Dictionary of Biblical Imagery
Dictionary of Biblical Imagery. Edited by Leland Ryken, James C. Wilhoit, and Tremper Longman III. Downers Grove: InterVarsity, 1998, xxi + 1058, $39.99.
Initially one finds some irony in the fact that an inherently left-brained genre-the dictionary--was chosen to promote a right-brained approach to the Bible, the very approach consciously taken by this new and highly touted reference work from InterVarsity (henceforth DBI). The book contains a number of attractive features, but it retains significant weaknesses that may threaten its longevity as "an indispensable reference tool" (in the words of the preface). More on these shortly.
According to the editors, the purview of the DBI is "the imagery, metaphors and archetypes of the Bible," terms for which the introduction gives extensive definitions. There is a wide spectrum of topics, including each book of the Bible, most major Biblical characters, many topics that one would find in standard Bible dictionaries (e.g. heaven, sacrifice), as well as a number with a literary flavor (e.g. plot motifs, travel stories). Happily, most of the articles possess an appropriate and readable length. Irksomely, all of them are unsigned la list of contributors resides at the front), since the editors, we discover in the preface, had to revise "the vast majority" of them and leave their own mark upon many of the entries, sometimes at the expense of the original author's.
The book's attractive features start with its title. The rising interest on the part of Biblical scholars in things literary combined with the current appeal of Bible dictionaries could hardly have made InterVarsity's timing with this volume any better. Three other items are sure to catch the attention of someone casually leafing through the book: fli the well-written introduction with its discussion and differentiation of images, symbols, metaphors, similes, motifs, literary conventions and archetypesdefinitely worth reading; (2) the handful of intriguing topics scattered throughout the dictionary, such as cheat the oracle, eavesdropper, giantesque motif, mythical animals, quest, taunt: and weather; and (3) the extensive Scripture and subject indexes craved by those with paper and sermon deadlines.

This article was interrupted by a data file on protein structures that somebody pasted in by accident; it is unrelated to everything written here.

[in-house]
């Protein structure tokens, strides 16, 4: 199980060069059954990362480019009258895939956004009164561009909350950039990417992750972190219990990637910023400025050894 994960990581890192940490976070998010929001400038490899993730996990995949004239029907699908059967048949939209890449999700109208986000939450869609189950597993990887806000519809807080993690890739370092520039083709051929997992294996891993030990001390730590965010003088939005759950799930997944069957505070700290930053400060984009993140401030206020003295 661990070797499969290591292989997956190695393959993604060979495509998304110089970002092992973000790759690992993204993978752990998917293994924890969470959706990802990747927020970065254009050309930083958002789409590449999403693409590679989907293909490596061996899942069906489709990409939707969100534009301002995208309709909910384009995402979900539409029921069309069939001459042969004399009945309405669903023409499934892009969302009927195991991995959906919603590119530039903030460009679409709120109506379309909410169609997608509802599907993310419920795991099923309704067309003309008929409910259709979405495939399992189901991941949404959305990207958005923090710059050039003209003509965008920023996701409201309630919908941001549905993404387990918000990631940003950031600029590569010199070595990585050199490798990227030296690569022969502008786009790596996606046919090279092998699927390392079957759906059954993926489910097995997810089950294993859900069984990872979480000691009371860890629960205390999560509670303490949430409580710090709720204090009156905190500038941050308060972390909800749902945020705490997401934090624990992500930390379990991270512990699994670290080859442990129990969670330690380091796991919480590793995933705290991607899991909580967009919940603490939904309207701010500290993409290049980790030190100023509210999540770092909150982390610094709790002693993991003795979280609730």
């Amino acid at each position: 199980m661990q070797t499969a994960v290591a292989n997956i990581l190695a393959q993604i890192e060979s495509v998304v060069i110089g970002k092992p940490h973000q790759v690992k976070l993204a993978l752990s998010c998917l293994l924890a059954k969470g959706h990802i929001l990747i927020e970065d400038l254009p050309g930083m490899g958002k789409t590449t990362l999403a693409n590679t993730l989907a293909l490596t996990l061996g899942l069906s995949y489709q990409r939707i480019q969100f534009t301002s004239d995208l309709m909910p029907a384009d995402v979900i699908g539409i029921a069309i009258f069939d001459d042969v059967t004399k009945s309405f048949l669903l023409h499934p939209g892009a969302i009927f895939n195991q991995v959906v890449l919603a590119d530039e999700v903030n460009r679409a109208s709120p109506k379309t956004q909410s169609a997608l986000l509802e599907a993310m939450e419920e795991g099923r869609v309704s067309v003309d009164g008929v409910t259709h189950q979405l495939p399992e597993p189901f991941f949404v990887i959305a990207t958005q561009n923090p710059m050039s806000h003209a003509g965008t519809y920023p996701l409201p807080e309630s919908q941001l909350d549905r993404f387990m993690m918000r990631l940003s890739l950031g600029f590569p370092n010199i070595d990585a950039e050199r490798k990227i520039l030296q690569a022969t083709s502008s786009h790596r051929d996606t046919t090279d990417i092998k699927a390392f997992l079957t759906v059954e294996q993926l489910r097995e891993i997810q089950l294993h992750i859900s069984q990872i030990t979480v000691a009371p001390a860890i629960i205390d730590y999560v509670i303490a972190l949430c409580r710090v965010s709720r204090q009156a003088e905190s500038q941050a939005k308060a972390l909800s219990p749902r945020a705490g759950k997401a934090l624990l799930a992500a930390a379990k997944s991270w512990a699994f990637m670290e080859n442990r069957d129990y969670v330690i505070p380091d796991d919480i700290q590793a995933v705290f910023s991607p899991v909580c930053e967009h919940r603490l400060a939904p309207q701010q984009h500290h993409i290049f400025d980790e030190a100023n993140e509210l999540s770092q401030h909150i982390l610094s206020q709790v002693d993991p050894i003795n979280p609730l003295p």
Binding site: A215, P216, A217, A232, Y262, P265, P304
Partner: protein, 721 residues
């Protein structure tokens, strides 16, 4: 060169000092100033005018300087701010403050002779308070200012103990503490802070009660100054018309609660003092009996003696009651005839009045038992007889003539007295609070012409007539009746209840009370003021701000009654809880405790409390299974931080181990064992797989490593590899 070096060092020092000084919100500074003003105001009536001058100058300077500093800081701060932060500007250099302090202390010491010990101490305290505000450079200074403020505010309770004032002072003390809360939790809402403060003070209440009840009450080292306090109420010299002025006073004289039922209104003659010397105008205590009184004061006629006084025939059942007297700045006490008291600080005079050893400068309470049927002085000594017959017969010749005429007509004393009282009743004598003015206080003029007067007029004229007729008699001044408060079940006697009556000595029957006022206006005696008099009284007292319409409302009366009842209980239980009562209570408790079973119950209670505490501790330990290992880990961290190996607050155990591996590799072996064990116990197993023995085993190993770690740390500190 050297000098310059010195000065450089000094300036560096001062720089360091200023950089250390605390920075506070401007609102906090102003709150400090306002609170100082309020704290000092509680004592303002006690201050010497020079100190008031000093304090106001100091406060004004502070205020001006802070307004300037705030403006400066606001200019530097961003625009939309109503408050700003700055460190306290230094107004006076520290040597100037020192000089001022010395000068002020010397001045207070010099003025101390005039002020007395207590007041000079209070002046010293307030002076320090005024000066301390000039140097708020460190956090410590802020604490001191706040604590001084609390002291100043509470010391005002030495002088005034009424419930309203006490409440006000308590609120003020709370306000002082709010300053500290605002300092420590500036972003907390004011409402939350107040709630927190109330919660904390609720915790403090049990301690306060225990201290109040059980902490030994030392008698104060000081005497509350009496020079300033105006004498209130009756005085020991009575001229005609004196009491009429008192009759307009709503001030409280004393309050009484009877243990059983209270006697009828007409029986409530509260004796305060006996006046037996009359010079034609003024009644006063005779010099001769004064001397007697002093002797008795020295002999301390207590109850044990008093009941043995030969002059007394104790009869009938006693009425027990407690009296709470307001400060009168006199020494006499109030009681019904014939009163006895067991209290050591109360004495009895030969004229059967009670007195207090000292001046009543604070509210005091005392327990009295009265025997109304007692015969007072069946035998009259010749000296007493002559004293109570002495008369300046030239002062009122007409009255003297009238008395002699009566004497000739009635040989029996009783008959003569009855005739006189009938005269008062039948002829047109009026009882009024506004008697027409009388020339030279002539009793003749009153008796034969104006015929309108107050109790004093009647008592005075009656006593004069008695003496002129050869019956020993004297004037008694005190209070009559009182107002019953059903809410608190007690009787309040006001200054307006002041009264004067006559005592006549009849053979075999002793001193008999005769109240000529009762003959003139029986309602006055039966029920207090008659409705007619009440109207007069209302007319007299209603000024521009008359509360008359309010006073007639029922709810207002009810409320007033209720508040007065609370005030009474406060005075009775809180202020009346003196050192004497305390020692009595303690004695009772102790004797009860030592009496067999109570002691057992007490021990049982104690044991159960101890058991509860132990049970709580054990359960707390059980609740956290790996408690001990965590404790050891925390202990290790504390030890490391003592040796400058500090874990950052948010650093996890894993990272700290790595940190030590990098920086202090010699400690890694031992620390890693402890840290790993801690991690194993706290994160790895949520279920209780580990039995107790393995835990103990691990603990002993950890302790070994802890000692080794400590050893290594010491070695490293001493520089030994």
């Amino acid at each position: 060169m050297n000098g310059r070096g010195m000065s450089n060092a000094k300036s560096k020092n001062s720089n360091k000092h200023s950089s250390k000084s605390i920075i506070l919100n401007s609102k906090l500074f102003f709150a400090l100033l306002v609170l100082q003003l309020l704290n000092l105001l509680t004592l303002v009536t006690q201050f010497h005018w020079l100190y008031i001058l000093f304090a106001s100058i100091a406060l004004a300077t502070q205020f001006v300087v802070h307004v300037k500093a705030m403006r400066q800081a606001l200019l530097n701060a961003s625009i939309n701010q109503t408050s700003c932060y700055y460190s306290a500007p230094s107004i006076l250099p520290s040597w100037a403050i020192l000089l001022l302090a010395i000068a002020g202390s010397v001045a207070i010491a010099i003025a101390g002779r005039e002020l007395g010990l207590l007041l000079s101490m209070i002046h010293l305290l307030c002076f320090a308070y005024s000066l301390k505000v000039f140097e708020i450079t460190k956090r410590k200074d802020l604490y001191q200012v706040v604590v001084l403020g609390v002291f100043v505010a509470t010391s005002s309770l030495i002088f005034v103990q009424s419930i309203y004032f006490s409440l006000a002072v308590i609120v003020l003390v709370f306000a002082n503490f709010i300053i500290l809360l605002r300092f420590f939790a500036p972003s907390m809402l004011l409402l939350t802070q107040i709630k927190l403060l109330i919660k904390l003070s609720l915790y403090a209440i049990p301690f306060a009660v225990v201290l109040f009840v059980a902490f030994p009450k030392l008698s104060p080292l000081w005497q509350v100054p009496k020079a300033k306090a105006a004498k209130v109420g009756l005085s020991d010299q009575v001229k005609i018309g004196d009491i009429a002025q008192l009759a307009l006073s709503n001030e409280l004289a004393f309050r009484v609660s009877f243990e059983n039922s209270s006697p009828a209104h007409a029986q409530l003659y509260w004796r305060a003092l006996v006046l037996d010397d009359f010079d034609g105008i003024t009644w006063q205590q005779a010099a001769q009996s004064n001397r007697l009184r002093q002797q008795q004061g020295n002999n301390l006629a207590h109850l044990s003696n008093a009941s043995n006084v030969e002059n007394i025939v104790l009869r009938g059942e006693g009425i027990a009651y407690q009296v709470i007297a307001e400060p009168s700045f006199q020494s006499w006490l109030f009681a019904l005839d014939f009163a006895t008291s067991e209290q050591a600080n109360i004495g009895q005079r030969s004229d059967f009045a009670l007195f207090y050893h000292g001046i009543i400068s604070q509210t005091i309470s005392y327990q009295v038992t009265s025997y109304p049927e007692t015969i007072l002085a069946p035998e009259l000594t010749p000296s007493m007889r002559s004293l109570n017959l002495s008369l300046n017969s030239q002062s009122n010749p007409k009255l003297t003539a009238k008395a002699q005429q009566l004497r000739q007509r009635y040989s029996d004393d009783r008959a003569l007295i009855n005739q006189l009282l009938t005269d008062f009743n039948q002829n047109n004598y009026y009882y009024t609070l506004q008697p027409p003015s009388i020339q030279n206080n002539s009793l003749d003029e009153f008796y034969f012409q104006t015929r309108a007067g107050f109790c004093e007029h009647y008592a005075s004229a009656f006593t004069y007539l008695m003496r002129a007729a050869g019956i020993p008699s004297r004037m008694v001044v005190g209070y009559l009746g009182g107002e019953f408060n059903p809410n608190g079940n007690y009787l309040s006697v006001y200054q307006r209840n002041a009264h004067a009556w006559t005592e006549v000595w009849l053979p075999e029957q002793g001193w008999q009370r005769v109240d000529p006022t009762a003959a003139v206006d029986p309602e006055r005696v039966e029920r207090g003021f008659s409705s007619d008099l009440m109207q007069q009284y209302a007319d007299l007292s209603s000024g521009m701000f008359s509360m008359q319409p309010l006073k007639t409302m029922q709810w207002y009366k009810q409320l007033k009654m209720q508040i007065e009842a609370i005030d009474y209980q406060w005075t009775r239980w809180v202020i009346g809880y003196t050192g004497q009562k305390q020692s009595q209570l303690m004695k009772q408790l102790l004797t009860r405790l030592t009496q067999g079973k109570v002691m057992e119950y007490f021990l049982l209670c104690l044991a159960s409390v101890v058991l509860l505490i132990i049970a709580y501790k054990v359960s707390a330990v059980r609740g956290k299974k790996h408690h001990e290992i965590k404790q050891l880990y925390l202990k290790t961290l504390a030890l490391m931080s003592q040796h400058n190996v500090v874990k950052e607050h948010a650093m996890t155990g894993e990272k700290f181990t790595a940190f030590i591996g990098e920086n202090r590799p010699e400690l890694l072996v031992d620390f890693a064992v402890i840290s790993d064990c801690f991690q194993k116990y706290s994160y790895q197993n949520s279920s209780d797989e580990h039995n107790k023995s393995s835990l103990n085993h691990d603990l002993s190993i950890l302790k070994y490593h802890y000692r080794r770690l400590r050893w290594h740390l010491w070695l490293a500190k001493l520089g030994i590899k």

But these features are peripheral to the book's core-namely, the content of the approximately 850 articles, the quality of which varies remarkably. It will be helpful at this point to separate those topics that might be considered standard fare for Bible dictionaries from those related to literary ideas. For the standard topics, despite all claims to the contrary, a sizable number of the articles contain little more than what one can find in a general Bible dictionary. Most of the "Angel" article, for example, simply traces certain activities of angels throughout Scripture and offers nothing to show that it belongs in the DBI. An article like "David," however, succeeds by structuring itself according to literary categories (character types, to be specific) and thereby maintains a sharp focus on the book's intended purpose. There are, to be sure, a few gems scattered throughout, but the DBI has too many "Angels" and not enough "Davids." One could argue that many of the articles on standard topics contain at least one paragraph devoted to talk of imagery, but this is a mere tip of the hat to the book's theme and only reinforces the point that the article's basic content is lackluster. …